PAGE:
Think about it this way. Going on with the example of agriculture, in the West we have explored the way of industrialization of agriculture and its heavy reliance in toxic chemicals. We are realizing now that it is a dead-end and we are trying to find other ways. You, Slovakia, don’t need to follow the very same way, you see it, it is a failure. Spare yourself 50 years of wrong “modernization”, spare yourself this trauma. Progress no longer means economic growth. Be smart, innovative: skip this step, it is not necessary to take it. Just go one step further. Get inspired if you want from our own innovative solutions (urban agriculture, community supported agriculture, permaculture, agroecology, sharing economy…) that we are forced to imagine because of our shitty situation, but please don’t repeat the same mistake.
Why did I choose to live in Slovakia?
As a French living in Slovakia, every single Slovak asks me why the hell I live in their country, supposedly so bad compared to France. I usually answer with a list of stuff that I like, but deep down there is one simple, radical answer.
I live in Slovakia because I find more roots here than in France. I see more of the past France in the Slovak roots than there is in France itself! I have found more fertile ground here than in France to personally grow. Humans, like plants, need roots to grow. By roots I mean communities, traditions, historical culture, popular customs. Basically, roots means knowing and embodying where you come from.
In France, and especially in Provence where I’m from, it’s mostly gone. In many places, highways, roads, and cars have taken over the landscape. Customs are mostly lost, traditions long forgotten. The only bits of identity that survived are those which could be merchandised, most of them sold to the rest of world to show what France is. But no, it’s actually showing what France was. I think that France is now none but the shadow of itself, trying to get reborn from its ashes. But I’m still hopeful for France: the civil society is waking up and is bringing thousands of alternatives, new ways of living, more social, more ecological.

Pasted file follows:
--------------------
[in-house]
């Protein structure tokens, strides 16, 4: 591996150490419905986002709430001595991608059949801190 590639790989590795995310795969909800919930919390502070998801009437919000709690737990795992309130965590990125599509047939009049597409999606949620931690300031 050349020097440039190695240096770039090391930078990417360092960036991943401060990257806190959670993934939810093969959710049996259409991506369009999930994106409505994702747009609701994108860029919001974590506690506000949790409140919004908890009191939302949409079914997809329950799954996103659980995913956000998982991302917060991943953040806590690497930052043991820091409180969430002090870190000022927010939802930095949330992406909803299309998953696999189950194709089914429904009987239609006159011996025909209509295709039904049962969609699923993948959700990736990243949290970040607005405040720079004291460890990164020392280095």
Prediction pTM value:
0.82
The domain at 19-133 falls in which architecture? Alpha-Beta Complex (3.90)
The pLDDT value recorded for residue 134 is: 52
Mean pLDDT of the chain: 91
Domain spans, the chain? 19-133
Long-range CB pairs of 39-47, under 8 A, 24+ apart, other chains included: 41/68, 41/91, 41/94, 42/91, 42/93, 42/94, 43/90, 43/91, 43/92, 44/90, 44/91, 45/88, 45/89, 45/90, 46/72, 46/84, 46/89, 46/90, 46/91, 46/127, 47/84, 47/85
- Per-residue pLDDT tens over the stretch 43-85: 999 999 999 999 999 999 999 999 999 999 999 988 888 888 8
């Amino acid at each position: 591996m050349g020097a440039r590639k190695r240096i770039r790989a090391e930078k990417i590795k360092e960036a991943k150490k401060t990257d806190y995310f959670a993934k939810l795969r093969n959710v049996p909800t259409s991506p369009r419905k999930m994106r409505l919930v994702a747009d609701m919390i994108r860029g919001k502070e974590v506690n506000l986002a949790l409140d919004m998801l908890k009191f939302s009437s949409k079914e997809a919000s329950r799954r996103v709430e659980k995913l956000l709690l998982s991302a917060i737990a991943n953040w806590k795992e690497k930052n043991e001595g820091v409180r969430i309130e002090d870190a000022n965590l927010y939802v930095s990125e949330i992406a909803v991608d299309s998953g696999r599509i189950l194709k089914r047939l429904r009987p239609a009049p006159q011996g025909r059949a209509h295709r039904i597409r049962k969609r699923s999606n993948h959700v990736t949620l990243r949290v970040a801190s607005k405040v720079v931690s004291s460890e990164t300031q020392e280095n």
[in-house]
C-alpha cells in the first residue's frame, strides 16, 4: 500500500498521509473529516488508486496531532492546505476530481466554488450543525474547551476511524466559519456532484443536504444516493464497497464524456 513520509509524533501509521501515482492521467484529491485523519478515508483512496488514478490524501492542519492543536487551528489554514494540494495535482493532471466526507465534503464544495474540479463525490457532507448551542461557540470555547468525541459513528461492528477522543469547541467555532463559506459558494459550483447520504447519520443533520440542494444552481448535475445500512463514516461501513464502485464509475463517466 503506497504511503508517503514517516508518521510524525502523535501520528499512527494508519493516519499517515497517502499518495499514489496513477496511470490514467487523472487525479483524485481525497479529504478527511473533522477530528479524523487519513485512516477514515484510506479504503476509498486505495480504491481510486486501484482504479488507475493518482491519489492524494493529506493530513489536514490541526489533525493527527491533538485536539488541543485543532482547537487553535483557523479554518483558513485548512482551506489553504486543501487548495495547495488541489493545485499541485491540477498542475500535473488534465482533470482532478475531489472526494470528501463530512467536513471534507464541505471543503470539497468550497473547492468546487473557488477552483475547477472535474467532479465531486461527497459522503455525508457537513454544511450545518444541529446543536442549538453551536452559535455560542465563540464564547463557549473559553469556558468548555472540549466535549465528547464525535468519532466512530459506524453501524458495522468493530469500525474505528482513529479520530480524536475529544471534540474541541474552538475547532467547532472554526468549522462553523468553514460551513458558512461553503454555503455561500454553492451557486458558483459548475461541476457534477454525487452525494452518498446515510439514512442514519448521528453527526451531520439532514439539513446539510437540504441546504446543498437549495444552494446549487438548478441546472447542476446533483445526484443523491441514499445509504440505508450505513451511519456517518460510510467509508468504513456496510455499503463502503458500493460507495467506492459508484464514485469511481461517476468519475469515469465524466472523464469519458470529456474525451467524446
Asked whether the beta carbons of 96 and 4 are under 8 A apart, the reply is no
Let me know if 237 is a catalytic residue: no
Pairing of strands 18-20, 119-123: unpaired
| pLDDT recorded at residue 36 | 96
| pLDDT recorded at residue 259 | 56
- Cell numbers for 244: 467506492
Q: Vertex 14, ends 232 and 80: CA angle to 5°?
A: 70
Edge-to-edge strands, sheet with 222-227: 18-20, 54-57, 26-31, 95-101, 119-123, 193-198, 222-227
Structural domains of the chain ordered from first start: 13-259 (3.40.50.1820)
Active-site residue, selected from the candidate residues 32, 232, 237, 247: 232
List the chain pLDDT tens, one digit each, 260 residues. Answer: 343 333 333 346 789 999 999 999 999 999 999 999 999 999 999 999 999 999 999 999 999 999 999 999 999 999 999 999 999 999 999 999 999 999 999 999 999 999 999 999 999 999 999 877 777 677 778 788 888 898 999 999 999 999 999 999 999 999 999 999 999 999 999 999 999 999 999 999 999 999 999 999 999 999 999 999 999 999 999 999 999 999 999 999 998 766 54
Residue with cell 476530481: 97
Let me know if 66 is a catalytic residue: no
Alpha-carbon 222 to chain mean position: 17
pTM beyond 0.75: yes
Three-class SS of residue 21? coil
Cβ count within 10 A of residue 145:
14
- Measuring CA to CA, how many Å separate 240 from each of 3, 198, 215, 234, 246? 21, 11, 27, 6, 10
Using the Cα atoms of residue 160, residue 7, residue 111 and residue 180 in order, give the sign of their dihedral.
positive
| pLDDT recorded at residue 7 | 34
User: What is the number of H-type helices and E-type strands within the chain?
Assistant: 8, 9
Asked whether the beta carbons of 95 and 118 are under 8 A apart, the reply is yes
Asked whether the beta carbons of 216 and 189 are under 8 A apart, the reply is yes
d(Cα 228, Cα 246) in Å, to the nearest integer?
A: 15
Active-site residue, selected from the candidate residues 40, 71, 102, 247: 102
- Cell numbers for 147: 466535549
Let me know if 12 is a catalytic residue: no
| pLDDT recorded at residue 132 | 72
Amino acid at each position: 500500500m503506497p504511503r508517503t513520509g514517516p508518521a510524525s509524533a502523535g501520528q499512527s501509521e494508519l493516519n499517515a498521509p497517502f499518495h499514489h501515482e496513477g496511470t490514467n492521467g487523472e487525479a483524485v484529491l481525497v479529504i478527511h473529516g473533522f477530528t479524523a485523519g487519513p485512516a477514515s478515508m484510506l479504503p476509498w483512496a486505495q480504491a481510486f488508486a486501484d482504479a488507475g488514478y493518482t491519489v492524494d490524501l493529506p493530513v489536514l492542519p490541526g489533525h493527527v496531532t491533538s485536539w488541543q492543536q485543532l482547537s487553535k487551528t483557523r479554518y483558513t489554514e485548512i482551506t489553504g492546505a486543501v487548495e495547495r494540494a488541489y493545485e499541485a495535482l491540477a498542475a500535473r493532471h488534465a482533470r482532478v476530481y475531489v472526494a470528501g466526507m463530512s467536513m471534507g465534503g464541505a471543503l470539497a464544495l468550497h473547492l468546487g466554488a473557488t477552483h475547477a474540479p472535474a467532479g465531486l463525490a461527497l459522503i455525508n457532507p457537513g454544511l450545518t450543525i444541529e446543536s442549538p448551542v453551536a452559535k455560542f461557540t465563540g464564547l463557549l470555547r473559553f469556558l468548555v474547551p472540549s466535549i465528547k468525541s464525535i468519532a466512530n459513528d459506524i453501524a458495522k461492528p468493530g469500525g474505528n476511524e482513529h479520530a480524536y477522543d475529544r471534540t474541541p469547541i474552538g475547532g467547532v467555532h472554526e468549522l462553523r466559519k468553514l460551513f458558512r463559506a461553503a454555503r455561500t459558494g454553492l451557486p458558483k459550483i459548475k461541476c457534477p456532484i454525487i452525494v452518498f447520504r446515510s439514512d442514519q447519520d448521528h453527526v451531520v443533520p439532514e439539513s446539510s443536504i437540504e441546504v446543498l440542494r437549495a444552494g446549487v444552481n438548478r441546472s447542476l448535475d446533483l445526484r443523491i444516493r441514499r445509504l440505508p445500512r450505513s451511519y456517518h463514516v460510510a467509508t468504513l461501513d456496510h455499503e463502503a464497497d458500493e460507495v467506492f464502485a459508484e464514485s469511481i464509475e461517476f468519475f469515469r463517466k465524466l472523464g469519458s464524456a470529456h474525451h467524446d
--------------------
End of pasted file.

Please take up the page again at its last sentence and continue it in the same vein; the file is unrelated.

If you want to follow a model, follow this one, the one of the silent forest that is growing, not the one of the gigantic tree that is falling down.
And in Slovakia? Well, this country is definitely going into the wrong direction yet I believe it is not too late. This country is still much more resilient than France to face economical, financial, or environmental crisis. And that is another reason why I’m choosing this country. In the long term, I think it is a safer place to be.
In France, many things need to be rebuilt. In Slovakia, things are not entirely destroyed.
Water is and is most likely to remain clean and abundant, lands are still mostly fertile, forests are covering about 40% of the territory, the local food is tasty and diverse, culture is rich and (still) alive, and most people haven’t lost touch with earth. These are your assets. They are all going to be increasingly valued in the future, yet they are all threatened by the economic model which Slovakia is following.
In a neoliberal economy based on economic growth, there is no room for things that cannot be sold.
No, it is not Arabs and Muslims that threaten “Your Slovakia”. Slovakia needs protection against the powers of money that would see you forests sold and cut for investment companies, your environment polluted, adverts in every corner of the cities, art, culture, education, or health funds cut for political reasons. The greedy powers that would see shopping malls, savage urbanization, and parking lots eating public space, parks, and fertile lands. And finally the tragedy of the Slovak youth that concerns many of my good friends: they are forced to leave the country or to have a boring job that they don’t like in international corporations such as IBM or Amazon.
That’s why I warn you, don’t follow the West. We have shown what way NOT to take. If you really need to follow someone and copy a model, then get inspired from what we, the French civil society, try to tend to, not from what we try to end.
Leave neoliberalism, and the irrational faith in economic growth.
* I define neoliberalism as an economic model characterized by the predominance of privatization, fiscal austerity, deregulation, and free trade. It also promotes the reduction of the influence of the public institutions in order to develop the role of the private sector in the economy.
** Economic growth in this context is what neoliberalism is based on. It implies the notions of productivism and consumerism, two sides of a same coin, and both necessary to fuel economic growth.